I seem to be surrounded by friends getting ready to tie the knot. It’s nice because I like hearing about the planning. Unfortunately, since they’re all in India I don’t get to be part of most of the discussions but that’s the price you pay for living abroad sigh.
Anyway, the other day one of the friends smsed to ask me for the number of Designer T, the guy who did my wedding dress, and it brought back all these memories. Now, some of you may be familiar with him because I’ve ranted before. But since many of you seem to enjoy the Blue Bride posts, let’s do a little recap of why Designer T annoyed (and apparently still does) me to high heaven.
First some background: Designer T is a much-in-demand person in the area of Bombay I live in. Around December, it’s quite hard to get him to do anything for you so I had to be introduced by my cousin’s wife. Before agreeing to take me on, he checked with her if I was fat. I could be amused about this because I wasn’t.
Also, Designer T (I should just shorted to DT, no?) likes to be known as a “designer”. Indeed, he does do some impressive looking sketches though the designs aren’t anything particularly innovative. He also does make suggestions about what will suit you which I guess is good. Though not particularly hard if the client is thin, which is why designers seem to favour “designing” for thin people.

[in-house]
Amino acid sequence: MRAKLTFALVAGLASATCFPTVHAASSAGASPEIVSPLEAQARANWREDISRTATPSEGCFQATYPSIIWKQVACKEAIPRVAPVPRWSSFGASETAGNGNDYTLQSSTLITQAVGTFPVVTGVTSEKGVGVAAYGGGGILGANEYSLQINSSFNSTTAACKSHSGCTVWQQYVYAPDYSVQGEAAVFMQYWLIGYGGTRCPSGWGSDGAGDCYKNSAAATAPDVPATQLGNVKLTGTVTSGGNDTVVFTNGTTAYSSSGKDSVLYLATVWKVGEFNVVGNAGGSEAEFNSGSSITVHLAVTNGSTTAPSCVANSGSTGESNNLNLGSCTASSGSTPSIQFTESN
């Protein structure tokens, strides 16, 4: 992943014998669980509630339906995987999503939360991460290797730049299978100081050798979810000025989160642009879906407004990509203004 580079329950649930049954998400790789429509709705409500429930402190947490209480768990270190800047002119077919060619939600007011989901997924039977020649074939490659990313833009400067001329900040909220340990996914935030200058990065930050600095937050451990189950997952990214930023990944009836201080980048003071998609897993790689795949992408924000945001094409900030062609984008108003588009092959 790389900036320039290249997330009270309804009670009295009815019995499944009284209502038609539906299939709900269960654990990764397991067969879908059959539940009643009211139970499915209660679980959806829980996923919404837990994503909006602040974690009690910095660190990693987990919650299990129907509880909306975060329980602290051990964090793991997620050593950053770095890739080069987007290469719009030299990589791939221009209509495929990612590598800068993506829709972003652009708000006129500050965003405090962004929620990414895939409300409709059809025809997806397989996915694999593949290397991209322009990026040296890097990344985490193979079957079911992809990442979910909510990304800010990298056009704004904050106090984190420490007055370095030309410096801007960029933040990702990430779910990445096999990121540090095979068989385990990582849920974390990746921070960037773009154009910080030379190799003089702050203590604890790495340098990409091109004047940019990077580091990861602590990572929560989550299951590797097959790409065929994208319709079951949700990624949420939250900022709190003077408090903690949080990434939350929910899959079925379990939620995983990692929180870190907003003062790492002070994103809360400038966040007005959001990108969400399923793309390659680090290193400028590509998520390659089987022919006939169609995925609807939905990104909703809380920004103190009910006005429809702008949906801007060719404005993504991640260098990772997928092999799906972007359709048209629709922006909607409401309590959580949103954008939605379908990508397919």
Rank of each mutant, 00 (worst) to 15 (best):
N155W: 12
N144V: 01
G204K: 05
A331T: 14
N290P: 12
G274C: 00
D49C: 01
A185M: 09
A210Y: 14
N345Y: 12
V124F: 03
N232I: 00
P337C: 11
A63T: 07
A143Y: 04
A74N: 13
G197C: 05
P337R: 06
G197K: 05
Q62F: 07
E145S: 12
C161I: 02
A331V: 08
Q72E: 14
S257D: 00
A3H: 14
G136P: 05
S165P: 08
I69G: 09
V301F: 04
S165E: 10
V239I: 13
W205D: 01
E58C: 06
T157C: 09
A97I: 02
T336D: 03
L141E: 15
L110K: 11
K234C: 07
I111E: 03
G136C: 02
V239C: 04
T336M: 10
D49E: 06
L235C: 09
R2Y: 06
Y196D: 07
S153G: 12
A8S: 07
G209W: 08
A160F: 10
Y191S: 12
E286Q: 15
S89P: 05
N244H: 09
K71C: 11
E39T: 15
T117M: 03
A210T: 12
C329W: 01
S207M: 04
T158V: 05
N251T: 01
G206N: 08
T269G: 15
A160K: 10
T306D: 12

Now to be fair to him: I delayed taking any decision on where to get my dress stitched because I was fast becoming disillusioned with the idea of the wedding. I just didn’t want to think about it. Finally, my mom pointed out that in the event that I did get married, I couldn’t possibly do so naked and since the wedding was slated for December, it was going to be impossible to find anyone to do the dress later. So I acquiesced.
Luckily, some years ago I had watched Sweet Home Alabama and I decided then that would be my wedding dress. However, while most brides-to-be would be spending the months (or even years) before their weddings fantasizing about theme and colour scheme, I was entirely clueless.
So, Designer T was faced with the unique prospect of a bride who was disinterested in her own wedding. I don’t think he had seen anything like it before. Finally, he asked me: “What colour do you like?” “Blue,” I replied promptly. And quickly added: “But I can’t have blue because my sister had blue the year before and my cousin who’s getting married two days before me is having blue.”
So we were back to square one. Of course this could prove to be a wonderful opportunity for Designer T who would have a blank slate to actually “design”. He grabbed it with both hands and suggested “teal and lime green”. I agreed!